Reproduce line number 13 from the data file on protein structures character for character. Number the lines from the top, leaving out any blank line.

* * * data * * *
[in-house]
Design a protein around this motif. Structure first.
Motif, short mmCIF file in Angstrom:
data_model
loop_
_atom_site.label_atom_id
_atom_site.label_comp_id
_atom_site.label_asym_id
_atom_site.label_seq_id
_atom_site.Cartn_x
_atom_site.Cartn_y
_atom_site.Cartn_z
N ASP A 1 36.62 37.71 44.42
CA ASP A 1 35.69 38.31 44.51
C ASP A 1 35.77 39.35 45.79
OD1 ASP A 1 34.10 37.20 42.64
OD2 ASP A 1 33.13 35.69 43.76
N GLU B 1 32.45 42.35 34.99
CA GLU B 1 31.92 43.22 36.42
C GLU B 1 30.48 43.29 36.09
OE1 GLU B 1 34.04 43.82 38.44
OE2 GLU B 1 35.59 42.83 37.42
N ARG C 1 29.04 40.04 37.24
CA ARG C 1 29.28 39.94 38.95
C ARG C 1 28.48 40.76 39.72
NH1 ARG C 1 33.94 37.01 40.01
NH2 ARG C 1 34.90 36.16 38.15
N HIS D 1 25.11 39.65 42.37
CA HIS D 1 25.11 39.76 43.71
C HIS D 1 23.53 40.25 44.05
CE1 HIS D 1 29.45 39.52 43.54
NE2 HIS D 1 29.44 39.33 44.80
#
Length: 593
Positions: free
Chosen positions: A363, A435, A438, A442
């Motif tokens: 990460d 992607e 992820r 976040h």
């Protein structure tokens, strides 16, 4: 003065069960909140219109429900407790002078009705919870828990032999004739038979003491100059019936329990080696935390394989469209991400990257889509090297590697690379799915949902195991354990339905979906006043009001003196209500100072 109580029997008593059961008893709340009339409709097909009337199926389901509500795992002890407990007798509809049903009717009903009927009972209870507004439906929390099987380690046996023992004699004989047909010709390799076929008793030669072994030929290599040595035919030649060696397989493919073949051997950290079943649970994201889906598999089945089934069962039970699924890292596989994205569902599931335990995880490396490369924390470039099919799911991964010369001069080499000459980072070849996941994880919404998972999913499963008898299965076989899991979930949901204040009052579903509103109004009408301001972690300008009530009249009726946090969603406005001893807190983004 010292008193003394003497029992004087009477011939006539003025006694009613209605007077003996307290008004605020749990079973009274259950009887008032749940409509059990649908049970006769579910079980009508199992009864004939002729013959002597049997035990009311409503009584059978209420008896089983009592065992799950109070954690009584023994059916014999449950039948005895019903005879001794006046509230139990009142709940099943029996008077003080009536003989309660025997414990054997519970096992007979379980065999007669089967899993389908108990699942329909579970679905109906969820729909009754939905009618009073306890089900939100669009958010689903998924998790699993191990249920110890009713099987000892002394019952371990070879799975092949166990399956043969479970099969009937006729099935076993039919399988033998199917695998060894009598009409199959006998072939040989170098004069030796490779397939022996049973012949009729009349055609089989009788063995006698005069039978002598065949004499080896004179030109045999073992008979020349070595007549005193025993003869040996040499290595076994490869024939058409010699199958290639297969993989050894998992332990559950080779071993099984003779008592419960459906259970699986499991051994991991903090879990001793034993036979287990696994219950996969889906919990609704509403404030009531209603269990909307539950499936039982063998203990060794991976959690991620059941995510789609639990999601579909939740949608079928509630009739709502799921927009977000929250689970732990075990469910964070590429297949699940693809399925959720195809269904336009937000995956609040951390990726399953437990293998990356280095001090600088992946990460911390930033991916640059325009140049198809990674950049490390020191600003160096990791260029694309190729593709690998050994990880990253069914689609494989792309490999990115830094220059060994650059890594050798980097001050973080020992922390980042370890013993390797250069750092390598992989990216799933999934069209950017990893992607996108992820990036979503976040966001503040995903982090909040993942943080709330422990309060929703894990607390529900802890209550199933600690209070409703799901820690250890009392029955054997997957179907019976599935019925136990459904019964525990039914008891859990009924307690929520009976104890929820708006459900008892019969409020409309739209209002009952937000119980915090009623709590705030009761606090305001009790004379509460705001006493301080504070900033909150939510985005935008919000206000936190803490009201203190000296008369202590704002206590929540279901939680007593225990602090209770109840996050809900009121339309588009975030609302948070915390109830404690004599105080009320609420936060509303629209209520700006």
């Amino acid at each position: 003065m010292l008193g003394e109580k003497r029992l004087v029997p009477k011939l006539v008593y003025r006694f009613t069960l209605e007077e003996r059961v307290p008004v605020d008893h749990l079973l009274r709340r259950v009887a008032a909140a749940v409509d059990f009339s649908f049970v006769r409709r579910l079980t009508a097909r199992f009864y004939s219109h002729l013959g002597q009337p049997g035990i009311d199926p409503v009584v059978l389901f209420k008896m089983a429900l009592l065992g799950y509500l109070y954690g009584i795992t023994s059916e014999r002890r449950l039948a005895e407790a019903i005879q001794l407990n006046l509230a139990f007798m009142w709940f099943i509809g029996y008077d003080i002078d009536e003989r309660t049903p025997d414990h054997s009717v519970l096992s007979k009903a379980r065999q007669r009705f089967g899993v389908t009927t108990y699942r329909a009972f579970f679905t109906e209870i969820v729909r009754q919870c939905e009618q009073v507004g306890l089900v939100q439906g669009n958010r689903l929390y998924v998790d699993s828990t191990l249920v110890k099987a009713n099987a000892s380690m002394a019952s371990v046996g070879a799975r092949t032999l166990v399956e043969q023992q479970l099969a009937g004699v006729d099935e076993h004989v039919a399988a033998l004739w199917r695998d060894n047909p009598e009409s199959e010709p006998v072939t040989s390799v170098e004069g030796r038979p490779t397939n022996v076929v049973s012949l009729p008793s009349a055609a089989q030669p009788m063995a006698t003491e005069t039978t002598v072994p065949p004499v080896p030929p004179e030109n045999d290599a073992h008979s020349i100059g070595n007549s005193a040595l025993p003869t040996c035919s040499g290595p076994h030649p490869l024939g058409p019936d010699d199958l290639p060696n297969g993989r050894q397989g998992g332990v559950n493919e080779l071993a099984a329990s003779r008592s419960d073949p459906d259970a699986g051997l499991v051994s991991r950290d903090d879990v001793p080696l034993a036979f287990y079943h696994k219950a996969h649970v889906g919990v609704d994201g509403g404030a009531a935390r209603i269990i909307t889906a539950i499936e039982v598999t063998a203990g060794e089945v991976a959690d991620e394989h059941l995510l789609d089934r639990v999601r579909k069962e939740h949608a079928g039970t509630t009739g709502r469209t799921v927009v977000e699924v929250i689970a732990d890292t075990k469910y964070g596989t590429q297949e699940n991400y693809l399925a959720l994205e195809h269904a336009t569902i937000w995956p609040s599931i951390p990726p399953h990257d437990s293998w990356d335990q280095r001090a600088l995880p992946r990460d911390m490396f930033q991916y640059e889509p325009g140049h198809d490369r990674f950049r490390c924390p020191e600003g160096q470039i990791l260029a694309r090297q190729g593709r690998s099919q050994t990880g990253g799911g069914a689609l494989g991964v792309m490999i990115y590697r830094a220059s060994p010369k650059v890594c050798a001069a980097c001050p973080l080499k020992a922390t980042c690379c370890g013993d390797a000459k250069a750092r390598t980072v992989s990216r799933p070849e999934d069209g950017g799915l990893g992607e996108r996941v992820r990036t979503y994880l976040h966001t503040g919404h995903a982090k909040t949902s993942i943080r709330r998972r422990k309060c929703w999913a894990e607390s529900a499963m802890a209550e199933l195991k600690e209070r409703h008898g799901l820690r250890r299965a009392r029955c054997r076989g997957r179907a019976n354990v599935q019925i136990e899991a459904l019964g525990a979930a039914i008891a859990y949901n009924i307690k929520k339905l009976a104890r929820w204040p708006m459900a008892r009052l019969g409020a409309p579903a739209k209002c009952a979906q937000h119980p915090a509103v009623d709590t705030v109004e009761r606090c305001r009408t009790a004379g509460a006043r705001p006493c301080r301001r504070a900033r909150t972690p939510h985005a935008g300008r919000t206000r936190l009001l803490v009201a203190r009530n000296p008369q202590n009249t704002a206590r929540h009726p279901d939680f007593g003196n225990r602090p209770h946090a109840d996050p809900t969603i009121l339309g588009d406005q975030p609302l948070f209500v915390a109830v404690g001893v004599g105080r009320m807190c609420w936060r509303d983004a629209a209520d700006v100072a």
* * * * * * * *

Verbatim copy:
N ASP A 1 36.62 37.71 44.42